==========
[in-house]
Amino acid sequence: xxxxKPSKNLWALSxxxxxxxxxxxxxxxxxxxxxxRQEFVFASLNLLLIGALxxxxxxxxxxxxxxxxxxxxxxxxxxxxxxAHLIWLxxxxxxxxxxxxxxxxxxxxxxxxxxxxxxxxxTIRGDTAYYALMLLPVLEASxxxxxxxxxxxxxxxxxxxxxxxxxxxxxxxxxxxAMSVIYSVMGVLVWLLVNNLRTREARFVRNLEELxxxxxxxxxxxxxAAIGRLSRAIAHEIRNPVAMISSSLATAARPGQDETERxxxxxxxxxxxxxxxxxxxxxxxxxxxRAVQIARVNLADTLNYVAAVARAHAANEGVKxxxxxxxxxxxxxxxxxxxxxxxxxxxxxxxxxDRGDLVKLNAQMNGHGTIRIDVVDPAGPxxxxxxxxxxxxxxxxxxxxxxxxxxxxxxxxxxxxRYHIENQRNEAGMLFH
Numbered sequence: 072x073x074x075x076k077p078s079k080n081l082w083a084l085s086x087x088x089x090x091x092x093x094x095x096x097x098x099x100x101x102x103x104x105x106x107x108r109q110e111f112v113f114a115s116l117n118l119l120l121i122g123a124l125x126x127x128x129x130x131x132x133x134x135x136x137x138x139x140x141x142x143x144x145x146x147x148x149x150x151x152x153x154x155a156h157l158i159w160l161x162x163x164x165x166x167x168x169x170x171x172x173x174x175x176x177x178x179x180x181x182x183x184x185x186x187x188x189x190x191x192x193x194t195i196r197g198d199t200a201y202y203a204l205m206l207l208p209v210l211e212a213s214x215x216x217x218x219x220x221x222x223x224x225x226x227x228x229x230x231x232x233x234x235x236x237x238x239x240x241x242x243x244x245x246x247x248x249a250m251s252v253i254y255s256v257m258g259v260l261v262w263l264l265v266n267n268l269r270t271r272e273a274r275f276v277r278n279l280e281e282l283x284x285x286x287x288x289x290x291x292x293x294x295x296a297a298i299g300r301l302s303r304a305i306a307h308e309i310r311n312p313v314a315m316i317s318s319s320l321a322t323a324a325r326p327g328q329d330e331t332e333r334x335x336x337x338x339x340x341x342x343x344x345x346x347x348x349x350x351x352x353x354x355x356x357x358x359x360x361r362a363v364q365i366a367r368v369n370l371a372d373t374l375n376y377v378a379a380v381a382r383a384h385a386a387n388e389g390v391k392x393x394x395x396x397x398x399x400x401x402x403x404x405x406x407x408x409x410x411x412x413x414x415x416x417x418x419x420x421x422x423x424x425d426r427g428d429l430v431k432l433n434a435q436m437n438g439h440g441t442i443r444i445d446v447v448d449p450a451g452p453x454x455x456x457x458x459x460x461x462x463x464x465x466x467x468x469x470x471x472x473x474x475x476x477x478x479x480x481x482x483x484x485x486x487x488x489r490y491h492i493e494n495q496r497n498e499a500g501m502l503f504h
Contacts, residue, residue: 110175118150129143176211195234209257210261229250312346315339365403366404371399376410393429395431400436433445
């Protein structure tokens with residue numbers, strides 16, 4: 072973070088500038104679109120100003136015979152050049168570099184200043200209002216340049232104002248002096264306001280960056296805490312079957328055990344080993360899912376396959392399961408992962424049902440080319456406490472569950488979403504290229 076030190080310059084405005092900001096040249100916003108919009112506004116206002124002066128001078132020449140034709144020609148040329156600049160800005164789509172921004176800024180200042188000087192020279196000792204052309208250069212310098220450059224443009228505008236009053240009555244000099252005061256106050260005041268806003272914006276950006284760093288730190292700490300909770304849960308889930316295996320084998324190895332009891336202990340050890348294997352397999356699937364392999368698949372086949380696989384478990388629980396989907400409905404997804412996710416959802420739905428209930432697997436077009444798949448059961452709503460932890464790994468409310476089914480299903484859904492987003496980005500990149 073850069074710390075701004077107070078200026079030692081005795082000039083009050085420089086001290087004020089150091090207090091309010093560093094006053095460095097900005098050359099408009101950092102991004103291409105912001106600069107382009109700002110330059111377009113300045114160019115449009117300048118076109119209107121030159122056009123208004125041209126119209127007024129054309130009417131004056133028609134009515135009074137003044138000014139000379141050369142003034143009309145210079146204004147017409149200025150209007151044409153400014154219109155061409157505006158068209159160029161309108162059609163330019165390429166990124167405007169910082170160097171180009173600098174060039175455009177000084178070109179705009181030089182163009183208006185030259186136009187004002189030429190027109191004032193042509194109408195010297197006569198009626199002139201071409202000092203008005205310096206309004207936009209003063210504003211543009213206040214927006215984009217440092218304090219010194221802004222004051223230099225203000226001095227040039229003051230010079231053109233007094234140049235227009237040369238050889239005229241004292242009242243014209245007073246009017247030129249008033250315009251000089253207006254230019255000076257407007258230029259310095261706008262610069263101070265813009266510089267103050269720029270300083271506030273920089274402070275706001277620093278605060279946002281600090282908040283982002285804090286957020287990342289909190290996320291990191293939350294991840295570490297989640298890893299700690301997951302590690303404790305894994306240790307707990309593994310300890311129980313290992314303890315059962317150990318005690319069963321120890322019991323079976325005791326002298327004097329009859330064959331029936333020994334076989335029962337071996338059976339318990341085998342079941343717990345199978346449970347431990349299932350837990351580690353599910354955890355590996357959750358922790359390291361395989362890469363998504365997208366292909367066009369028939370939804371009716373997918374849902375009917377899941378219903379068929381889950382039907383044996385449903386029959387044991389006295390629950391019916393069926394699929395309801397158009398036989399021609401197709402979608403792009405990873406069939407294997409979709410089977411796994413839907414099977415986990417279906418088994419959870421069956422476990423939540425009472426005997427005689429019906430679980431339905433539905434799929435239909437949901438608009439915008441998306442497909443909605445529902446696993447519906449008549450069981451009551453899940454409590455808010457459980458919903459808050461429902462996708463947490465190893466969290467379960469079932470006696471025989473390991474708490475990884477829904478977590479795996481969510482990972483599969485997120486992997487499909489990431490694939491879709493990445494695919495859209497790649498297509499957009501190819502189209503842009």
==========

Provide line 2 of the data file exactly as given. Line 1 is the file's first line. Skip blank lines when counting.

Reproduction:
Amino acid sequence: xxxxKPSKNLWALSxxxxxxxxxxxxxxxxxxxxxxRQEFVFASLNLLLIGALxxxxxxxxxxxxxxxxxxxxxxxxxxxxxxAHLIWLxxxxxxxxxxxxxxxxxxxxxxxxxxxxxxxxxTIRGDTAYYALMLLPVLEASxxxxxxxxxxxxxxxxxxxxxxxxxxxxxxxxxxxAMSVIYSVMGVLVWLLVNNLRTREARFVRNLEELxxxxxxxxxxxxxAAIGRLSRAIAHEIRNPVAMISSSLATAARPGQDETERxxxxxxxxxxxxxxxxxxxxxxxxxxxRAVQIARVNLADTLNYVAAVARAHAANEGVKxxxxxxxxxxxxxxxxxxxxxxxxxxxxxxxxxDRGDLVKLNAQMNGHGTIRIDVVDPAGPxxxxxxxxxxxxxxxxxxxxxxxxxxxxxxxxxxxxRYHIENQRNEAGMLFH